For 2005, a single person can contribute $4,000 to a Roth, up from $3,000 in 2004, assuming your income is below $95,000. That contribution is phased out between $95,000 and $110,000. Joint filers with income under $150,000 can make the full contribution of $4,000 in 2005. The AGI contribution phaseout for joint filers is between $150,000 and $160,000.

For 2004, the maximum contribution was $3,000, or $3,500 if you were 50. The AGI phaseout limitations have remained unchanged and will be the same in 2005 as they were in 2004.

Because of the Roth's tax-free withdrawal perk, you may want to consider converting your traditional IRA to the Roth. If your AGI is below $100,000, you can convert your traditional IRA to a Roth. You will owe tax on the tax-deferred contributions and earnings in the IRA in the year you convert.

But since these are some of the lowest tax rates that we're going to see for a while, it might be a good time to swallow the extra tax bill, says Richard O'Donnell, a pensions expert at RIA, a Thomson business providing tax information and software to tax professionals.

And for inheritance purposes, if you don't need the money from your traditional IRA in your retirement, convert it to a Roth and pay the taxes now. That way you can leave it all to your heirs tax-free.

So whether you choose the traditional IRA, the Roth or both, just keep in mind that the total contributions you make to all your IRAs in 2005 cannot exceed $4,000, says O'Donnell. The cap was $3,000 in 2004.

The 401(k) World

If your employer offers a defined contribution plan, like a 401(k), hopefully you're taking advantage of it.

To start, your contributions are pretax, so while that means you'll get hit with tax on the withdrawals in retirement, the money comes out of your paycheck before your withholding tax is calculated. That actually lowers the amount withheld and the total amount of tax owed.

So if you can, try to make the maximum contributions. If not, you should at least be contributing up to your employer's match, should there be one. If your employer will match you up to 5%, then contribute at least 5%. That's free money for you and your condo on the beach.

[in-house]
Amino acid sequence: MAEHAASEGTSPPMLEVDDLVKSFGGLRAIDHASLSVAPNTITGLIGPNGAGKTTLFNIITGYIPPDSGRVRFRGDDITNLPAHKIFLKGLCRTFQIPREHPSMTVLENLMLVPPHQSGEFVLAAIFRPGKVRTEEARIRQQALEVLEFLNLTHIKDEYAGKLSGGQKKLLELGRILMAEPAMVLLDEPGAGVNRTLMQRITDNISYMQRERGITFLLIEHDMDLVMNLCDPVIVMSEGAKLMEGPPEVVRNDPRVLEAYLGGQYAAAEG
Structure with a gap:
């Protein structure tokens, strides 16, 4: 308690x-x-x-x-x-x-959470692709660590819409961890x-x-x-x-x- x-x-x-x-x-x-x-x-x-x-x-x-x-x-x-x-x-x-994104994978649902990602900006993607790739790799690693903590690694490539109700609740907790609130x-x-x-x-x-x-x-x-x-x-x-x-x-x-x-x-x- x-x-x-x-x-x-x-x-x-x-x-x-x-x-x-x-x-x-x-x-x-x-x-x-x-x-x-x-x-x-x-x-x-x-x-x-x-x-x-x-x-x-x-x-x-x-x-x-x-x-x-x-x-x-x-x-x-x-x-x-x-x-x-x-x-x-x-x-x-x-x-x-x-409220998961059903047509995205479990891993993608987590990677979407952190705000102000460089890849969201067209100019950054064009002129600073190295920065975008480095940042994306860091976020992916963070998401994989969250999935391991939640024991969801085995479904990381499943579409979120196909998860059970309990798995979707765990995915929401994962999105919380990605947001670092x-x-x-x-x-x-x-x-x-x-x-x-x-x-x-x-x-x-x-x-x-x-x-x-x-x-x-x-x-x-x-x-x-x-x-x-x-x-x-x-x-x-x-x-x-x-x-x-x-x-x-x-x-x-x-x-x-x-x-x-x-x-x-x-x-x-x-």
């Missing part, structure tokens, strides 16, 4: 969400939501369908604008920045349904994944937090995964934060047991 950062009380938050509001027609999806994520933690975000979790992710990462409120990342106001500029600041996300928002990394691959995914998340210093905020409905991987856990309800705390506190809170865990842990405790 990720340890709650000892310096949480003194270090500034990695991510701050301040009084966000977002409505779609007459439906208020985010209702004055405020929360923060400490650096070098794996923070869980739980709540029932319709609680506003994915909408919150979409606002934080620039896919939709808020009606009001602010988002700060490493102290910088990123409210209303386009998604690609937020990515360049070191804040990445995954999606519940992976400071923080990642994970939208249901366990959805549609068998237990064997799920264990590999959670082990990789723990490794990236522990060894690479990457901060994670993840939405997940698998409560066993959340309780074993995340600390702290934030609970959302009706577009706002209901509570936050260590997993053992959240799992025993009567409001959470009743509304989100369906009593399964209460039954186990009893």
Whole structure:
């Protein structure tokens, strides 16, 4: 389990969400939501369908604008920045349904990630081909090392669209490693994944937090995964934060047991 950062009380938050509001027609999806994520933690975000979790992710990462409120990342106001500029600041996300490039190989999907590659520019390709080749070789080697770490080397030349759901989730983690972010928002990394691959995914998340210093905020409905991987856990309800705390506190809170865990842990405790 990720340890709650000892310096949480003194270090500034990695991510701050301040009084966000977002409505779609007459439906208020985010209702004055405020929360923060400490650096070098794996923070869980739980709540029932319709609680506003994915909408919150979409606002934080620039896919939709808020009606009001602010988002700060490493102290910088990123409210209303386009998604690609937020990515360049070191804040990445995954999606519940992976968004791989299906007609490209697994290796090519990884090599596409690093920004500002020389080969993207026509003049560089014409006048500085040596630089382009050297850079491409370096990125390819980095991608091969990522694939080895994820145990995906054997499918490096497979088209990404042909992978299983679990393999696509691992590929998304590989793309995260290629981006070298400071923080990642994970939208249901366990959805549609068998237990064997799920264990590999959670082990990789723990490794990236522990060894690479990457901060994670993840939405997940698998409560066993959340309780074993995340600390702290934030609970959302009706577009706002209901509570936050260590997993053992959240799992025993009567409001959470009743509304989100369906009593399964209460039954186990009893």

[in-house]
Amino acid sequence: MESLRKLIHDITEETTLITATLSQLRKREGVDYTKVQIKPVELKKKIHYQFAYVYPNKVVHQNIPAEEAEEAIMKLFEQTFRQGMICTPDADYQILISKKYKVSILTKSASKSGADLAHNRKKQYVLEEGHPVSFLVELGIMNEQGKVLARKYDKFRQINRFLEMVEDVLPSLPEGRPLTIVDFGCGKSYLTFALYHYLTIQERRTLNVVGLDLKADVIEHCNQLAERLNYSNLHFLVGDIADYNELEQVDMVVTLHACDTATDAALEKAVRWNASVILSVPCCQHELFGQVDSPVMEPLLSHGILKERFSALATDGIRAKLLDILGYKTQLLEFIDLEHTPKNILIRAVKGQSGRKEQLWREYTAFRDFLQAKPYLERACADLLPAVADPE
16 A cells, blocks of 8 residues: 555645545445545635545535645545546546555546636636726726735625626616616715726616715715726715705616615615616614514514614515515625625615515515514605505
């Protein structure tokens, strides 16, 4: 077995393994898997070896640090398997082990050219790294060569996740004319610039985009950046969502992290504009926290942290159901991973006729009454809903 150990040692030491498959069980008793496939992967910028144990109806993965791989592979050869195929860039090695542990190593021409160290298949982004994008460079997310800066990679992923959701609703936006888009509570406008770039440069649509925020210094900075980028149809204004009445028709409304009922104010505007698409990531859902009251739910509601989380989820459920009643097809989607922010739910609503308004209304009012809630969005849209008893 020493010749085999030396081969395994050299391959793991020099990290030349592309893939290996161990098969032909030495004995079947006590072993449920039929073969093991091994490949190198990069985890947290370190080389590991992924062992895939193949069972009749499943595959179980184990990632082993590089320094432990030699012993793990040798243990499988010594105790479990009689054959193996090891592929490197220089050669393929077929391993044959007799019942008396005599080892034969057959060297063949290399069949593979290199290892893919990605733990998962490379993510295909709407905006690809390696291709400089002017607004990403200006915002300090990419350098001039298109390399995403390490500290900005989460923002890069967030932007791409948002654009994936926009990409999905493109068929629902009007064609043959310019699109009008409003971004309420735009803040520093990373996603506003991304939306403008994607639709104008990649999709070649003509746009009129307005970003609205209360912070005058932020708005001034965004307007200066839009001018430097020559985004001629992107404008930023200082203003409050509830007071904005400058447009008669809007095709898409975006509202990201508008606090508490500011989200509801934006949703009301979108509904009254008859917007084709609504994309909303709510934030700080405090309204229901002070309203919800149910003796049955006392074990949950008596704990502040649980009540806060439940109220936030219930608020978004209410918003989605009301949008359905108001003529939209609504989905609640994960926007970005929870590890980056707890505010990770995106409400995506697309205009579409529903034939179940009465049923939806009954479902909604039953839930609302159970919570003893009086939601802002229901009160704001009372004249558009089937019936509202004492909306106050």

For 2005 you can contribute up to $14,000 in your employer's 401(k), up from $13,000 in 2004.

Again, the 50-and-over crowd is allowed catch-up contributions, bringing their total to $18,000 for 2005, up from $16,000 in 2004.

If you happen to be self-employed, consider a solo defined contribution plan, sometimes dubbed solo 401(k).

If you have the money, as a self-employed person, you can elect to defer up to $14,000 for 2005. Then your employer (in this case, that's you) can put in an additional $28,000 and get a deduction for it. So that's $42,000 you can sock away, up from $40,000 in 2004.

If you know you're not going to have an available $42,000 to sock away, then the old SEP IRA is a great alternative. The max you can put in is $14,000 for 2005. And you get a deduction for that contribution in the year you make it.

So whatever savings vehicle you choose, be conscious of your contributions and start socking money away.
Tracy Byrnes is an award-winning writer specializing in tax and accounting issues. As a freelancer, she has written columns for and the New York Post and her work has appeared in SmartMoney and on CBS MarketWatch. Prior to freelancing, she spent four years as a senior writer for Before that, she was an accountant with Ernst & Young. She has a B.A. in English and economics from Lehigh University and an M.B.A. in accounting from Rutgers University.